{
"presets": [
[
"@babel/preset-env",
{ "modules": false, "targets": { "node": "current" } }
],
["@babel/preset-typescript"]
],
"ignore": ["node_modules"]
}

The Babel compiler does not type check TypeScript code and will attempt to output valid JavaScript regardless of the TypeScript source. This is why the TypeScript compiler is used for type checking, and the benefit of using both is that the Babel compiler has presets available to ensure that the JavaScript generated will target a specific environment, in this case the current version of Node.js, and the “ modules” property is set to false, which will preserve ES modules.

Create Markdown File

With our Node.js CLI project setup and package.json scripts already configured, the next part of the process to convert Markdown into HTML will be to create a sample Markdown file with a variety of content that includes the basic syntax shared among most Markdown flavors. To do this create a new folder for your project, named “content” and then inside the “content” folder create a new file named “index.md”. When you have the index.md file created you can copy the sample Markdown content below into it.

# H1## H2### H3#### H4**bold text**_italicized text_> blockquote1. First item
2. Second item
3. Third item
- First item
- Second item
- Third item
`code`---```javascript
function() {
console.log("This is some javascript included in a markdown
code block, and it will be converted to valid HTML with code
syntax highlighting.");
}
```
<kbd>this is a keyboard input html element</kbd>
```html
<span>this will remain html even after the Markdown is
converted to HTML</span>
```
[Dev Extent](https://www.devextent.com)
![Dev Extent](https://www.devextent.com/images/devextent.png)

Create Node.js CLI Script

Now that there is a Markdown file in the project we can add a new folder named “src” and in that folder add a new file named “index.ts”. This is the Node.js script responsible for converting the Markdown file into an HTML file, and to start it looks like this:

(async function convertMarkdownToHtml() {
console.log("Converting Markdown to HTML...");
})();

You can now run the command npm run start-typecheck or npm run start to compile without typechecking and you should see the console log is displayed. This means that the Node.js CLI project is working correctly, first compiling the TypeScript source code and then executing the generated JavaScript output with Node.js, all in one command.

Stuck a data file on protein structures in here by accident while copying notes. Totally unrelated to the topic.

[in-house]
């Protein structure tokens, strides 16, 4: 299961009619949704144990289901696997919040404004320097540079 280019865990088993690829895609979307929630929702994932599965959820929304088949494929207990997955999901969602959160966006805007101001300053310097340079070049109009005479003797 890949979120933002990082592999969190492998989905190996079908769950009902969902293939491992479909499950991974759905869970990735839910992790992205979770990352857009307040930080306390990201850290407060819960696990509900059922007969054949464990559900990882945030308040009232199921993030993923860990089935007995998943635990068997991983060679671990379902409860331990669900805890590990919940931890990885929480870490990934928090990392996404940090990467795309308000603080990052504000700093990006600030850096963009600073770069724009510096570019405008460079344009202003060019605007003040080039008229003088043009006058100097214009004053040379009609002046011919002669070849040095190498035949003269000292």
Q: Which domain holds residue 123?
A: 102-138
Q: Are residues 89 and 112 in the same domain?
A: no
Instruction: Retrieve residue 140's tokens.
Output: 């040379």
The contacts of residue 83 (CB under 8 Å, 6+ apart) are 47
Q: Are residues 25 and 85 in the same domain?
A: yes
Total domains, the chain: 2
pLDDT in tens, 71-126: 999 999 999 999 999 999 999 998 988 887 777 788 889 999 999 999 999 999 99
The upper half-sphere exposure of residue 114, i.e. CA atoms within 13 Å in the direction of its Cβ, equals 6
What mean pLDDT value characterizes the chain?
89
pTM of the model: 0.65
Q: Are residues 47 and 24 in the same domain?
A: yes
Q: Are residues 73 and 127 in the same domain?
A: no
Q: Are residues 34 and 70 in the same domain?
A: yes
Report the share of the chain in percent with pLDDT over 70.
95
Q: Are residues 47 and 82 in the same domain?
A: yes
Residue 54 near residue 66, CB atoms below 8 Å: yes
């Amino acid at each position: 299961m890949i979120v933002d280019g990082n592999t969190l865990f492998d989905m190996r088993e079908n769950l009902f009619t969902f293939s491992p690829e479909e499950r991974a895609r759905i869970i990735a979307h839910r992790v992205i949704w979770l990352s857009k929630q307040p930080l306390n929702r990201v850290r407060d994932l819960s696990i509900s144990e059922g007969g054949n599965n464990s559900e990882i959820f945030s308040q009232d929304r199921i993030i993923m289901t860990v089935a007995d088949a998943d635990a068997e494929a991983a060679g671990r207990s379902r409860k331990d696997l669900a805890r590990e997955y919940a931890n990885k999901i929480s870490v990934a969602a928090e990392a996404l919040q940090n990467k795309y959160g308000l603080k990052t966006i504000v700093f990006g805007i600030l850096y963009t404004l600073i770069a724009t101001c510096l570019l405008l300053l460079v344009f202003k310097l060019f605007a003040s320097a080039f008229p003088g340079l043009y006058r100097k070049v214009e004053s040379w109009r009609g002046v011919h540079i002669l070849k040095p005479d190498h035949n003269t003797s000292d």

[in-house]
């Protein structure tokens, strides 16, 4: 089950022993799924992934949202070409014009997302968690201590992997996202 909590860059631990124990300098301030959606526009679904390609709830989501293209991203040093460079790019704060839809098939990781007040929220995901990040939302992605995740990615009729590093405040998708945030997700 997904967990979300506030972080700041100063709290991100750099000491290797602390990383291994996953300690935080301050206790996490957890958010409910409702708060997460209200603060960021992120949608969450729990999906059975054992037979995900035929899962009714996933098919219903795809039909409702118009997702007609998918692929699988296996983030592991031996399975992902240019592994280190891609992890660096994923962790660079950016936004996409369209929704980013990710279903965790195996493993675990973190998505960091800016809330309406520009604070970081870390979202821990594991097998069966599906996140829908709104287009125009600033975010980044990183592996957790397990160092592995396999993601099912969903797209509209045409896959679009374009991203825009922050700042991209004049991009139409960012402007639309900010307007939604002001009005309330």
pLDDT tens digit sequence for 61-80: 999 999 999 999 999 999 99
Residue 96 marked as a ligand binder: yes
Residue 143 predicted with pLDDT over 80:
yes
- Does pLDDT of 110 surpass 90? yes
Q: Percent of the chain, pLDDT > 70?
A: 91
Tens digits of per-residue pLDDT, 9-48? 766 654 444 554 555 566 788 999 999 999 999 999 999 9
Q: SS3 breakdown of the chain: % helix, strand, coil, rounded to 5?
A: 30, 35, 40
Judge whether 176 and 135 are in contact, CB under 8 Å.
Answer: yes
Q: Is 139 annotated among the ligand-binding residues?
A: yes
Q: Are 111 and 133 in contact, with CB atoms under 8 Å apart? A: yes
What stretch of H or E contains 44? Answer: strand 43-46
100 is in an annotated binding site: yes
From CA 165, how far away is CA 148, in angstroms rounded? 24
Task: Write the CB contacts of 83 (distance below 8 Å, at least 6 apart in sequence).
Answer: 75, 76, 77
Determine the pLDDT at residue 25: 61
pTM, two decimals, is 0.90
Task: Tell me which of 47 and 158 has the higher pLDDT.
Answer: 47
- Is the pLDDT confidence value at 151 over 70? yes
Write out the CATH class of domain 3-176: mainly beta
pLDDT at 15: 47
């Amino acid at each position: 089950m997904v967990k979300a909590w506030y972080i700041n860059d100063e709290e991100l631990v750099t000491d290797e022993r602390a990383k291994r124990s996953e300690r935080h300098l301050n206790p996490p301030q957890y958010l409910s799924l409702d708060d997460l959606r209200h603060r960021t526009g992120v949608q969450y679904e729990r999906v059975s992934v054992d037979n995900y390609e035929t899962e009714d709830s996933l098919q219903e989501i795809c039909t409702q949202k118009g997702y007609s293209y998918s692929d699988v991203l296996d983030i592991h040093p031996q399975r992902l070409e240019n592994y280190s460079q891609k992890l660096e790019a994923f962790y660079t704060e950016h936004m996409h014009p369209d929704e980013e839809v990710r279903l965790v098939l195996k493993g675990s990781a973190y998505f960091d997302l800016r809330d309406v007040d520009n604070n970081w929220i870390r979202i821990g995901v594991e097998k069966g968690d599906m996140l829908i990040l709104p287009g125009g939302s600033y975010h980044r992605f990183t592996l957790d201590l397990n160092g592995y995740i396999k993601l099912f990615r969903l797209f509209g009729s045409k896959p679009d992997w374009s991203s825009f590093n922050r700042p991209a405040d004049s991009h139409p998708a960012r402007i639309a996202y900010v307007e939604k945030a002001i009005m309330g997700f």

Read Markdown File

After verifying that the Node.js CLI script is working correctly go ahead and add this code:

import fs from "fs-extra";(async function convertMarkdownToHtml() {
console.log("Converting Markdown to HTML...");
// markdown source
const content = await fs.readFile("./content/index.md", "utf8");
})();

The additional code imports one node module, the fs-extra package, and it provides the “readFile” function to asynchronously read the “index.md” file in the content folder. The contents of the Markdown file are then assigned to the variable named “content”. We now have a string of Markdown content that is ready to be converted into HTML, and to do that the markdown-it package will be used.

Configure markdown-it Markdown Parser Options

To configure the markdown parser included in the markdown-it package, create a new folder in the “src” folder named “utils” and then in the “utils” folder create a new TypeScript file named “markdown.ts”. In the “markdown.ts” the markdown-it package will be imported and the markdown parser object will be constructed and exported.

import MarkdownIt from "markdown-it";const markdown: MarkdownIt = MarkdownIt({
html: true,
});
export { markdown };

There is one configuration option passed into the markdown parser configuration and that is to support HTML tags in the markdown source. This is optional, and not required but it can be helpful to support using HTML for elements that are lacking in Markdown syntax.

Add Code Syntax Highlighting With highlight.js

Besides optionally supporting HTML tags in the Markdown source, the markdown parser included with the markdown-it package can apply syntax highlighting to designated code blocks. Make the following adjustments to the markdown.ts file to include this option:

import hljs from "highlight.js";
import MarkdownIt from "markdown-it";
const markdown: MarkdownIt = MarkdownIt({
html: true,
highlight: function (str, lang) {
if (lang && hljs.getLanguage(lang)) {
try {
return (
'<pre><code class="hljs">' +
hljs.highlight(str, { language: lang, ignoreIllegals: true }).value +
"</code></pre>"
);
} catch (__) {}
}
return (
'<pre><code class="hljs">' +
markdown.utils.escapeHtml(str) +
"</code></pre>"
);
},
});
export { markdown };

The highlight.js module is able to dynamically determine the language syntax highlighting based on the “lang” variable valuable that is passed into the “highlight” function the highlight.js module API provides.

Instead of an error when encountering inconsistent syntax, the “ignoreIllegals” parameter configures the highlight.js highlighter to finish highlighting. You may wish to leave this option out, but there is discussion whether the default value of the “ignoreIllegals” options should be changed to true, as is used in this example.

If highlight.js cannot determined the language of the code block it will apply the “escapeHtml” function provided to the markdown string, and also wraps the code block section into a code element nested inside a pre element.

These additions will import the highlight.js module and apply the formatting required to dynamically highlight code blocks based on the language provided. The sample markdown file created in a previous step includes a block of JavaScript code that will have dynamic syntax highlighting applied when converted to HTML.

Convert Markdown to HTML with markdown-it parser

The “markdown.ts” file can now be imported in the “index.ts” file to access the Markdown parser with the previous configuration applied. To import the “markdown.ts” file and use the “render” function provided by the markdown-it module API, make these changes to the “index.ts” file: